Combustion instability is an issue that affects many critical power and propulsion technologies, including jet engines, power-generation gas turbines, rockets, boilers, and process furnaces. Significant questions remain about how turbulence alters flame behavior during instability. In particular, in high-performance engines, does the turbulence/flame interaction change the instability feedback mechanisms and do the present numerical models include the correct physics? The proposed work addresses these questions using a systematic experimental approach to examine various key aspects of combustion instability. Advanced laser diagnostics will be used to image the flowfield and the flame, unlocking the coupling between turbulence and the instability feedback loop. The PI will also work with many other early-career faculty to effectively disseminate the results of this research and enhance the educational experience of students. In particular, the PI will facilitate an online network of early-career researchers to share research and teaching materials. This will ease the transition into faculty careers and promote high-quality thermofluids education at universities across the United States.
The technical goal of the proposed work is to understand the impact of turbulence on three critical components of the thermoacoustic feedback loop: the hydrodynamic instability of the flowfield that determines the susceptibility of the flow to external disturbances; the coupling mechanisms that drive heat release rate oscillations; and the mechanism by which these disturbances create heat release rate oscillations in non-flamelet regimes. This systematic approach uses theory-based experimental design to probe the ways in which turbulence impacts flow stability, coupling-mechanism physics, and flame behavior within the framework of combustion instability. The overarching intellectual merit contribution will be made in the formulation of the combustion instability regime diagram that describes the behavior of flames during thermoacoustic instability over a range of operating conditions. In following this framework, this work will have significant impacts on fundamental understanding of turbulent flames and combustion instability, the ability to predict combustion instability in industry-relevant devices, and the PIs career development. The results of this work will also feed into the development, implementation, and dissemination of case studies for undergraduate and graduate audiences. The case studies will focus on combustion-related issues, exposing a range of students to the importance of combustion in society; case studies will be disseminated through a network of early-career faculty through an online portal. The development of the case studies is rooted in theory-based educational design, including best-practices for the formation of online content, research-based techniques for improving recruitment and retention of under-served student populations, and the robust development of a community of practice for early-career faculty centered on incorporating combustion science into the classroom.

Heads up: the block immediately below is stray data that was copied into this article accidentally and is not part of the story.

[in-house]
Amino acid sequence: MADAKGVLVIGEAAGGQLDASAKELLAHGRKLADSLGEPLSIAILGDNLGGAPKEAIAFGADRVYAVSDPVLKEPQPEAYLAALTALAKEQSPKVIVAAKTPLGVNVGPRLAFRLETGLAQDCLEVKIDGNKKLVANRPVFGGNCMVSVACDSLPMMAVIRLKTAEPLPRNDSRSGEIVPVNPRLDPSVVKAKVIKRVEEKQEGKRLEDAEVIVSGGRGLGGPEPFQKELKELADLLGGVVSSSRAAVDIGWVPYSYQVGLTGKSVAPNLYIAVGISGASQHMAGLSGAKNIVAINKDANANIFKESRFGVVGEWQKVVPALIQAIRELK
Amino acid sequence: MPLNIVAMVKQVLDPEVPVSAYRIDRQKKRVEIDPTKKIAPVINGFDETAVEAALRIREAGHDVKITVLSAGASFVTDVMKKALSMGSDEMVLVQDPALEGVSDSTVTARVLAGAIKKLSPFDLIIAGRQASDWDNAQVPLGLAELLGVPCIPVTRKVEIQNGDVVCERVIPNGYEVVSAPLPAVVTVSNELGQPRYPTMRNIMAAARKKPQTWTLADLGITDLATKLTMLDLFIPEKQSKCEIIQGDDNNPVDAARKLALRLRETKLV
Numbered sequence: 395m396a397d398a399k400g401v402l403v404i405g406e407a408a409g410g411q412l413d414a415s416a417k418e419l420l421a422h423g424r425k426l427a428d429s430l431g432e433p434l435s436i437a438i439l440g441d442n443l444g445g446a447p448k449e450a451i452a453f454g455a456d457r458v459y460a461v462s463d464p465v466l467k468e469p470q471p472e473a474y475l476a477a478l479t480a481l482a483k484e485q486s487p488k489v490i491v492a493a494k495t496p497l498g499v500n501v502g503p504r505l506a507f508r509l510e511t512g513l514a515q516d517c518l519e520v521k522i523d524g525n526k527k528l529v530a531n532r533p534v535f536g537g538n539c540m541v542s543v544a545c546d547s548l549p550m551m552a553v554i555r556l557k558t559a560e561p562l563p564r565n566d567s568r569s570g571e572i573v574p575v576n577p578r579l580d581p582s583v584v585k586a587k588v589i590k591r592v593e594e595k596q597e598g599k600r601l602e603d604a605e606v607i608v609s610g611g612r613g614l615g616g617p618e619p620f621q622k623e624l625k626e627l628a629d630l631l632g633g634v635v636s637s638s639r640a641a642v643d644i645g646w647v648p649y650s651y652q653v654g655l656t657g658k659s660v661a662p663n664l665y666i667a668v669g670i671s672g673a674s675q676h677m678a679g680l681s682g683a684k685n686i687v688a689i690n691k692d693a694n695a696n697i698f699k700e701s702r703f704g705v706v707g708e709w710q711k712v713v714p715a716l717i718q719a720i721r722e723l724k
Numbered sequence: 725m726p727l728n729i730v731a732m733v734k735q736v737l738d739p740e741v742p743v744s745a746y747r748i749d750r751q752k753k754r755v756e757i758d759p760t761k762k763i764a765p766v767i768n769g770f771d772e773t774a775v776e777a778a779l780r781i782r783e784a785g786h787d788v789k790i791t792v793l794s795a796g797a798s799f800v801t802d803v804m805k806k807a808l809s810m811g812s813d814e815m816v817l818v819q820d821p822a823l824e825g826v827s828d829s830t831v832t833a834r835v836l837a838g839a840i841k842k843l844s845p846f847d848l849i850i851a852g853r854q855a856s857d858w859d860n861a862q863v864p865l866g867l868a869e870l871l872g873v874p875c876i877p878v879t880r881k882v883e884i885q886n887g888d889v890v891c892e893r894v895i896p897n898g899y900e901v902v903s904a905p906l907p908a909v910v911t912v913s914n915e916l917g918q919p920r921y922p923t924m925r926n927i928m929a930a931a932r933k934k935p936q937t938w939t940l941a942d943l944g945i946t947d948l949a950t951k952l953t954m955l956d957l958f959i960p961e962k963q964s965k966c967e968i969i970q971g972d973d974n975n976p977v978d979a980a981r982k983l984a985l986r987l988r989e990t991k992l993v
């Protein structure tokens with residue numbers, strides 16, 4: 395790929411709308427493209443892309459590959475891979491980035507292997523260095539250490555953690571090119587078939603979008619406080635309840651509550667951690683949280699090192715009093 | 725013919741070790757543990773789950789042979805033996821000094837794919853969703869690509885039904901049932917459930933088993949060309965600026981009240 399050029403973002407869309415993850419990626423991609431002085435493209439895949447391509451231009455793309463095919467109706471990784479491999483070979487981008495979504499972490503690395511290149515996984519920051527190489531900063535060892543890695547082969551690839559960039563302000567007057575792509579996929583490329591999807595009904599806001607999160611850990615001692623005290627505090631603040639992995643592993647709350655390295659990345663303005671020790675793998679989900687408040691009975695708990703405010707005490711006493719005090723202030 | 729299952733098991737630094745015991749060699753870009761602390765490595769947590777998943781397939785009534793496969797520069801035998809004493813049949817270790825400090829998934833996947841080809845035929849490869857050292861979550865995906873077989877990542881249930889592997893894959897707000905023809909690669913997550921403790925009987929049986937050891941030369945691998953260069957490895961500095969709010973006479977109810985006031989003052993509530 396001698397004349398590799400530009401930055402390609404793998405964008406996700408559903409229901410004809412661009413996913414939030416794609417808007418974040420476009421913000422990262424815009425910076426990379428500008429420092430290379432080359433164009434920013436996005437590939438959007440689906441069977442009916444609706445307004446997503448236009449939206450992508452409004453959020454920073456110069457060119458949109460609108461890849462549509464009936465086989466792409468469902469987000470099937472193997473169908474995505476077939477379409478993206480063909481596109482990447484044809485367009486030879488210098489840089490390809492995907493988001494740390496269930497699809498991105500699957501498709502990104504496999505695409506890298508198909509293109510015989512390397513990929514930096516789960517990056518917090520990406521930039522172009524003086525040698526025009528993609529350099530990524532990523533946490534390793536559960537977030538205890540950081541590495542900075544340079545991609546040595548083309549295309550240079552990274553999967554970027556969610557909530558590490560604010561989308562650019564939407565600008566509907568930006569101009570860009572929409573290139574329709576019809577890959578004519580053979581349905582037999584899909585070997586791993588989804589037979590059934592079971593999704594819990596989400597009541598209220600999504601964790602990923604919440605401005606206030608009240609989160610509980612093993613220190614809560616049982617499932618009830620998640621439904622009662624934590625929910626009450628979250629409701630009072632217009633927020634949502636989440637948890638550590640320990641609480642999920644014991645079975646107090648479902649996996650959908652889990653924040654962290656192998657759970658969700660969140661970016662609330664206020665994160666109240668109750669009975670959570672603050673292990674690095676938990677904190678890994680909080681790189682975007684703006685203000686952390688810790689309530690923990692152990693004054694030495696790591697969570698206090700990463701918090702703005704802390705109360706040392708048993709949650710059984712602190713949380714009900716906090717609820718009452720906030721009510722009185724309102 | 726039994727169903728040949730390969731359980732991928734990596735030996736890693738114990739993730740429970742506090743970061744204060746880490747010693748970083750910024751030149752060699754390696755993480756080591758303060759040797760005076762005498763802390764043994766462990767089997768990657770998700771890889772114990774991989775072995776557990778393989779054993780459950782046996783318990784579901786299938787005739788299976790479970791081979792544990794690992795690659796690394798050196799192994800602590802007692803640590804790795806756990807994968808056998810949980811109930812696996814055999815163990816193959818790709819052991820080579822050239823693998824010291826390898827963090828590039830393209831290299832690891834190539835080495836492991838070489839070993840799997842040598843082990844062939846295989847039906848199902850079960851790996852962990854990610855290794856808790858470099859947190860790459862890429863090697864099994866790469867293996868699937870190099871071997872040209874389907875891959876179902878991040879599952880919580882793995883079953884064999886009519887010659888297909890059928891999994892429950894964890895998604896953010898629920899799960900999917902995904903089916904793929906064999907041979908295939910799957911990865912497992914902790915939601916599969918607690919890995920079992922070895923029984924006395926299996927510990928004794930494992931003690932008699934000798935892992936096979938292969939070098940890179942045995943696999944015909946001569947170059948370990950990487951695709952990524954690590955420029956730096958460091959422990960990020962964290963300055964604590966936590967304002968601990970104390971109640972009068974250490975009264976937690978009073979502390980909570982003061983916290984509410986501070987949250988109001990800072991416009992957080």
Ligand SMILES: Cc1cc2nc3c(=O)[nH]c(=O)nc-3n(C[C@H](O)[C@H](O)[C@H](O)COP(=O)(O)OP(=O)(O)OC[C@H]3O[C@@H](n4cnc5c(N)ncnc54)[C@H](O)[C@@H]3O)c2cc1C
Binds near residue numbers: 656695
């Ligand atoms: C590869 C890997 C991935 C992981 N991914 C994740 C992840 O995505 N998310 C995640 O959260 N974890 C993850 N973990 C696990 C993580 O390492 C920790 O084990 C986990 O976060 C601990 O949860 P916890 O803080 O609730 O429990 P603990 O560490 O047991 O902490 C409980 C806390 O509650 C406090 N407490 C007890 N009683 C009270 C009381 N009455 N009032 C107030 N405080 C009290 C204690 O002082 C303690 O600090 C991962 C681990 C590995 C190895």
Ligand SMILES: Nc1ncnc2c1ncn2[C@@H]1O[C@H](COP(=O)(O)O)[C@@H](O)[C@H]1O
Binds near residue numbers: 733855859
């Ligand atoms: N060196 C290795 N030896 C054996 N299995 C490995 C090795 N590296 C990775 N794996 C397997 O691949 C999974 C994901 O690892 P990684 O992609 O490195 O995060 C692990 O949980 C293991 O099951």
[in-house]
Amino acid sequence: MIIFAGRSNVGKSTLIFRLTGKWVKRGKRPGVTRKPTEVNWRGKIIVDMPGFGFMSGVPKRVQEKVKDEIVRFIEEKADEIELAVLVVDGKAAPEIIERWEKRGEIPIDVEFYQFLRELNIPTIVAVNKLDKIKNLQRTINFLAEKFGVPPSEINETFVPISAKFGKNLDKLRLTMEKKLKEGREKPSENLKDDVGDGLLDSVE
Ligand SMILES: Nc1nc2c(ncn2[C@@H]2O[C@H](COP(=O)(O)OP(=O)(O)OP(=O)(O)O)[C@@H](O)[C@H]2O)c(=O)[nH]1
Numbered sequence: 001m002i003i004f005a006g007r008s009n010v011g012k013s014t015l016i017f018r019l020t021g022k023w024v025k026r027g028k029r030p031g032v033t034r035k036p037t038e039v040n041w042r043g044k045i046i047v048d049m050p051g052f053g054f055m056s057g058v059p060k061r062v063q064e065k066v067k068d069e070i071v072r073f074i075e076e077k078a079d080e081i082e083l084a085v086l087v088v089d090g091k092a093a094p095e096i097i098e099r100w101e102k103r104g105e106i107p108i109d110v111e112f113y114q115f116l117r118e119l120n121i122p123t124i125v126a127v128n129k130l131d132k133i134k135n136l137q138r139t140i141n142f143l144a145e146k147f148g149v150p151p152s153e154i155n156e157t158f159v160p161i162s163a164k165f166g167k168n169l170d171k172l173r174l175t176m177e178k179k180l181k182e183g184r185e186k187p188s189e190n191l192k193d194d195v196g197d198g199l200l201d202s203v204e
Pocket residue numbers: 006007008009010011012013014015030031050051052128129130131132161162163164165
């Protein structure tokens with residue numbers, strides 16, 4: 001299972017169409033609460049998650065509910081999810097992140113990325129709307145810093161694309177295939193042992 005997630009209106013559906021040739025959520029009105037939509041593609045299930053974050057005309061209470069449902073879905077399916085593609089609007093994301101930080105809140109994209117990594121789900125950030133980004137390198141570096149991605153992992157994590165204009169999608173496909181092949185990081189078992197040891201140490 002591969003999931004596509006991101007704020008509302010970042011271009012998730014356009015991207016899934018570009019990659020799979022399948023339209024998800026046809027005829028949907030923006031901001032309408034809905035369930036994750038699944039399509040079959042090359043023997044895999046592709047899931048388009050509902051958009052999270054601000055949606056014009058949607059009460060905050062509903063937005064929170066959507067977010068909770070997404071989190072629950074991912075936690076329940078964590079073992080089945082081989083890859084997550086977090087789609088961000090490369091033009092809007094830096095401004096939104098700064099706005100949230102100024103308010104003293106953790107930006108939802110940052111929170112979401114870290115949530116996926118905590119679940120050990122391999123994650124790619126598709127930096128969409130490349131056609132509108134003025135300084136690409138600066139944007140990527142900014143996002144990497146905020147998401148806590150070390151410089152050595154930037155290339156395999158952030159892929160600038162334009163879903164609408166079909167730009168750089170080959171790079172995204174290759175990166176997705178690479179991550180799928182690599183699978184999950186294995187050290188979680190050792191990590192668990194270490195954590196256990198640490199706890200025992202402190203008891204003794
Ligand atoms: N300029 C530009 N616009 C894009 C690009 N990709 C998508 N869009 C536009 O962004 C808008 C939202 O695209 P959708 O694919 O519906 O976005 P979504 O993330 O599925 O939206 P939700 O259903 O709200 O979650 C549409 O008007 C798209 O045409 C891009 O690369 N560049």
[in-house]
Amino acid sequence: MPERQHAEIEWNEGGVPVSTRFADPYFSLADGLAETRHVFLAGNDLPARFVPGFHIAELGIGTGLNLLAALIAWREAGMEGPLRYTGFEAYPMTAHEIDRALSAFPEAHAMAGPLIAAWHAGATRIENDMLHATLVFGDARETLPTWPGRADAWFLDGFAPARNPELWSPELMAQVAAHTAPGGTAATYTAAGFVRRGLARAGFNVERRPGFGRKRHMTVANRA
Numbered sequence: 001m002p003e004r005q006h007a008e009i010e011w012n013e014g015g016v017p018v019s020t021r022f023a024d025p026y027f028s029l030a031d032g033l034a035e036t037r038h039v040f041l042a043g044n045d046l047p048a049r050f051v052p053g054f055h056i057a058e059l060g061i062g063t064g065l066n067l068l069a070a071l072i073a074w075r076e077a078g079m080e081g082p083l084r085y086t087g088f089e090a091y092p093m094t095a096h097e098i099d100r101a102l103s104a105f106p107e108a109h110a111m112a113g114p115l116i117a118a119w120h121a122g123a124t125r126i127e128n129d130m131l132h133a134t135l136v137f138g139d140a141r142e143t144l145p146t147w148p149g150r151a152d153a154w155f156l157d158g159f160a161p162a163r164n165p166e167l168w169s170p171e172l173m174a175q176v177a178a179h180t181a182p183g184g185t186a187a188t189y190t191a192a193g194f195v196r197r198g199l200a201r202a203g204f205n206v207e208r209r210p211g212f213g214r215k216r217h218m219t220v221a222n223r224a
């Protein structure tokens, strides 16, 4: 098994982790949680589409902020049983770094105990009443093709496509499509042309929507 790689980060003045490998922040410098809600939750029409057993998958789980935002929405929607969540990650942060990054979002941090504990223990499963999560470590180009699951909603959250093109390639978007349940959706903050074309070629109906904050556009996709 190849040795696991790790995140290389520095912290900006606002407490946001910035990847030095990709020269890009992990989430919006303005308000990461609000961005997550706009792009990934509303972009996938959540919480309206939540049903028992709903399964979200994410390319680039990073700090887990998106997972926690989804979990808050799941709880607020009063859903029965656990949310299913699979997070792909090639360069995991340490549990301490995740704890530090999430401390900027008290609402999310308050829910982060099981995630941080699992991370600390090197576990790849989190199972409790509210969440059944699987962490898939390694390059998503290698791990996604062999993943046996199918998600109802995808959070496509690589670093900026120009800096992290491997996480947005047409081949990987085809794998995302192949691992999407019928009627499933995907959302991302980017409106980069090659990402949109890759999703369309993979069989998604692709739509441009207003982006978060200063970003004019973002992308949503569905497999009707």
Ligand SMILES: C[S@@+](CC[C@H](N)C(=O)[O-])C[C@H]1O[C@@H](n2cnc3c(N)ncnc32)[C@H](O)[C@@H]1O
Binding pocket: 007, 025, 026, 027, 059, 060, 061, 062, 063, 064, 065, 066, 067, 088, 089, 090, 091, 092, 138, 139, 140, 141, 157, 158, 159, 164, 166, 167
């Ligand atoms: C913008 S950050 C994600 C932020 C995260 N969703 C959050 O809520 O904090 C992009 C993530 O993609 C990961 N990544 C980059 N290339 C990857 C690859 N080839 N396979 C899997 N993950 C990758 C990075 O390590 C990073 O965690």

This award reflects NSF's statutory mission and has been deemed worthy of support through evaluation using the Foundation's intellectual merit and broader impacts review criteria.
|Effective start/end date||6/1/18 → 5/31/23|
- National Science Foundation: $500,000.00